If you are self employed you should ensure that you are aware of the changes which were recently made to PRSA’s.
We explain in more detail below how this happened but in plain English what it means for you is that if you are a Director of a limited company you can now have the company drop unlimited funds into a PRSA for you (or whoever you favour) to bring you (or them) up to the Standard Fund Threshold of €2m and all of this contribution will be a deductible expense for tax purposes in the year in which it is made.
If you are a sole trader it’s not as straightforward but there may still be opportunities.
How this happened
Finance Act 2022 which was passed on 15 December 2022 removed benefit in kind (BIK) on employer contributions to a PRSA, with effect from 1 January 2023. Prior to this date the imposition of BIK tax was the factor which limited how much an employer could contribute tax effectively. Now that these contributions are BIK exempt this opens up some interesting possibilities for tax effective wealth extraction from a limited company structure and in some cases for mitigating the tax bill of a sole trader.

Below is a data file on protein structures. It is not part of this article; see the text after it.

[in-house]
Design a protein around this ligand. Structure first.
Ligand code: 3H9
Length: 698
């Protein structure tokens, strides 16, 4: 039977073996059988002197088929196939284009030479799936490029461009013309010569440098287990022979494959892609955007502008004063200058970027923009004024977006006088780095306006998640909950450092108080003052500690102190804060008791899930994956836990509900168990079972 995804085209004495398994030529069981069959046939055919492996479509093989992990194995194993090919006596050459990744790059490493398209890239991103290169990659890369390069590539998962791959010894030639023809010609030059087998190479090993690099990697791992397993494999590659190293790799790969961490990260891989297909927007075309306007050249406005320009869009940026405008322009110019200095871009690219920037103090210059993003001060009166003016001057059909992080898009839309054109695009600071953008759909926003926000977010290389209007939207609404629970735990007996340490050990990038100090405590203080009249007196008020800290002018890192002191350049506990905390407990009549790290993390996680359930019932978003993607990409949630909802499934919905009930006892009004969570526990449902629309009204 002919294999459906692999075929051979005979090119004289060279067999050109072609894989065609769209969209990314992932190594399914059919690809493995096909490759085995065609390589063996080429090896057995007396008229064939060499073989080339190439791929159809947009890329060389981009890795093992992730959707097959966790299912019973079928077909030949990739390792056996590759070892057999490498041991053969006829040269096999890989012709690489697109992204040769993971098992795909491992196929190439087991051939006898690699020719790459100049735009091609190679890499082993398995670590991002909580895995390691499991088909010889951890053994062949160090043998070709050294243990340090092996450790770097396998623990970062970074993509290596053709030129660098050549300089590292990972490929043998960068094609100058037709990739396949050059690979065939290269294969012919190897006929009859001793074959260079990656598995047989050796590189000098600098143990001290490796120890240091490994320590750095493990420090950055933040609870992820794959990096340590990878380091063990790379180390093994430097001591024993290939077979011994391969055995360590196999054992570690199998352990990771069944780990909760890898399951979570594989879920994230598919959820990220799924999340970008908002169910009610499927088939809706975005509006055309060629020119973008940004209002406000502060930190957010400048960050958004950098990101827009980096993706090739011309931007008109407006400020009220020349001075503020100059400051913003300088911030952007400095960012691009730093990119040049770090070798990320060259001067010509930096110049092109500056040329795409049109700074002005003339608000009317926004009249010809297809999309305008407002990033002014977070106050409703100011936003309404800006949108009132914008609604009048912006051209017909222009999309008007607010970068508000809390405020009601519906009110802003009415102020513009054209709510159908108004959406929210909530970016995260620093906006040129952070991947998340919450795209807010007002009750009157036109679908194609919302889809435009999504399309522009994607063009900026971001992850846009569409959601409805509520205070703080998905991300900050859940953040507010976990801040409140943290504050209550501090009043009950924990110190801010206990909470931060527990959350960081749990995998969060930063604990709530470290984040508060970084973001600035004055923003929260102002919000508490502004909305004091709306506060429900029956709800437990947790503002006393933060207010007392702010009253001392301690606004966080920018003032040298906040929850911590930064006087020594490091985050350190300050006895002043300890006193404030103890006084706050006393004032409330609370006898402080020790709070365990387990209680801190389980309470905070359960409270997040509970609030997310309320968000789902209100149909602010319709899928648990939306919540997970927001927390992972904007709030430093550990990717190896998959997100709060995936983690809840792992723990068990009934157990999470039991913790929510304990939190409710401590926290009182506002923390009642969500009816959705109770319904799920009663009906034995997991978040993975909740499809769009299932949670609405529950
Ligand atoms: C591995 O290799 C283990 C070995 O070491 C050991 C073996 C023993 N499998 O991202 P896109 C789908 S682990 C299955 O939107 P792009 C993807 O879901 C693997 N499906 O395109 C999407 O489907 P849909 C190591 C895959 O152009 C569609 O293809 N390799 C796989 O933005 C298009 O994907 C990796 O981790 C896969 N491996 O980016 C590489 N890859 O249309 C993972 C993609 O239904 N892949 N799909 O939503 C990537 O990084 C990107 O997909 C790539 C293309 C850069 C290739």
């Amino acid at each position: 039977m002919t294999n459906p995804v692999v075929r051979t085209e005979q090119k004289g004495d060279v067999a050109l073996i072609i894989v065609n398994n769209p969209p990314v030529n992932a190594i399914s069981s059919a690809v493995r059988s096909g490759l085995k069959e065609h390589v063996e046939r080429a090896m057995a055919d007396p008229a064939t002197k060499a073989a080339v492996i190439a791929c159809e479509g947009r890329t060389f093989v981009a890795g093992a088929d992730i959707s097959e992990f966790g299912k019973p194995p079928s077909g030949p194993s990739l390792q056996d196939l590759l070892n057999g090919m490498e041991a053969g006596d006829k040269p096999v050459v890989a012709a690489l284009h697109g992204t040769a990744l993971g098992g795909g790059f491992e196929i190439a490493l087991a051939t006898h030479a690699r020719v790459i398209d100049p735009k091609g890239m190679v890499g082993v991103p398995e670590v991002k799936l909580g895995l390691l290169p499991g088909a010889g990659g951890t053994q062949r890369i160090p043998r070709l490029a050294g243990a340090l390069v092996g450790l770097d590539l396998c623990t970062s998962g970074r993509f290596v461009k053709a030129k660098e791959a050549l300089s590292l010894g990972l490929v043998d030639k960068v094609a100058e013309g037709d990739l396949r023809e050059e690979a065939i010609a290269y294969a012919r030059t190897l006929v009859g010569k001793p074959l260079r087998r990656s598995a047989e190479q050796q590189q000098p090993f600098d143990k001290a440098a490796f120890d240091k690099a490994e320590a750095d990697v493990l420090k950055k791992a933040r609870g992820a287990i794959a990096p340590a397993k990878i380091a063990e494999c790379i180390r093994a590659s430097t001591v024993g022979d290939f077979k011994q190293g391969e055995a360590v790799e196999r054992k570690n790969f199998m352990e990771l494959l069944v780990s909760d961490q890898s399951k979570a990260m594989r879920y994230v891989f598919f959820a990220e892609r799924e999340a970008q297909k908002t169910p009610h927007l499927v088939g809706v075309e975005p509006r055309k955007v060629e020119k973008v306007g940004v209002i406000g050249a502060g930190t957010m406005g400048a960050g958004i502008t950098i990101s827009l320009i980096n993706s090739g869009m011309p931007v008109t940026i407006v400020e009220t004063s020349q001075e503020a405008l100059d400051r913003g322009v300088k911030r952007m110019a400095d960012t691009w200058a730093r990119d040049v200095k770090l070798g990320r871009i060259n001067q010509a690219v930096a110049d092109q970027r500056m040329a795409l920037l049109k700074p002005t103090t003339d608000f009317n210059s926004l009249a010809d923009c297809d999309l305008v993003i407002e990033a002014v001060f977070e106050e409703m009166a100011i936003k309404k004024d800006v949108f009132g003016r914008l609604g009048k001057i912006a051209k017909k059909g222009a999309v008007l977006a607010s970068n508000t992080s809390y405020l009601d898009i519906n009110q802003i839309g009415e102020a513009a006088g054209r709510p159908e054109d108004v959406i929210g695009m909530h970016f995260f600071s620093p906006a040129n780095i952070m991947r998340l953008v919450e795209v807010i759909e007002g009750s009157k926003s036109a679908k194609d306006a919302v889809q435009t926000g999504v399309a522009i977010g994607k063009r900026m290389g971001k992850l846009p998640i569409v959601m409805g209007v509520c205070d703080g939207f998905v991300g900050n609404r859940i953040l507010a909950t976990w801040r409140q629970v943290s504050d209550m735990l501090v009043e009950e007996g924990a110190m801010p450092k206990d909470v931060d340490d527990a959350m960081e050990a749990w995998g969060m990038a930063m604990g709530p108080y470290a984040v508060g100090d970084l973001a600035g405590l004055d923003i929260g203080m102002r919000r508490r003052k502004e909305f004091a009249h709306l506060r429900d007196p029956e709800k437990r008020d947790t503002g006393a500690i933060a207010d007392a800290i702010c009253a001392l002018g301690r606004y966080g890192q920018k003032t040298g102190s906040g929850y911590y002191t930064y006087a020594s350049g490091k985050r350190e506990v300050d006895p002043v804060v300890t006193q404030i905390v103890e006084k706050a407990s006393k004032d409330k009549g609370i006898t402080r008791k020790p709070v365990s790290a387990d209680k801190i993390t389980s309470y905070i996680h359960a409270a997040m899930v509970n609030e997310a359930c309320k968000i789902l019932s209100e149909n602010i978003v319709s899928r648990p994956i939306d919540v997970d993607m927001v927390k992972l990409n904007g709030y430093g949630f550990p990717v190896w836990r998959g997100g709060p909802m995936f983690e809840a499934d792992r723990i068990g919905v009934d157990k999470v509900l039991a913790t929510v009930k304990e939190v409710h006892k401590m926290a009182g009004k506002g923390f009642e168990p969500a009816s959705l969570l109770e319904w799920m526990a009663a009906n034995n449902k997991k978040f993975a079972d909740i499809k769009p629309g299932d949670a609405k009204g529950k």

Under the new rules an employer can make a very substantial contribution to a PRSA established for themselves or say for example, an employee who is a family member (or indeed any employee) and all of that contribution would be a deductible expense for tax purposes in the year in which it is made. The only limits which now exist are the Standard Fund Threshold (€2m) and the ability of the business to fund the contribution.
If you are self-employed and you would like to find out more give us a call on 01 546 1100 for a no obligation discussion. You can reach us by email to firstname.lastname@example.org or use the Contact Us form on this website.
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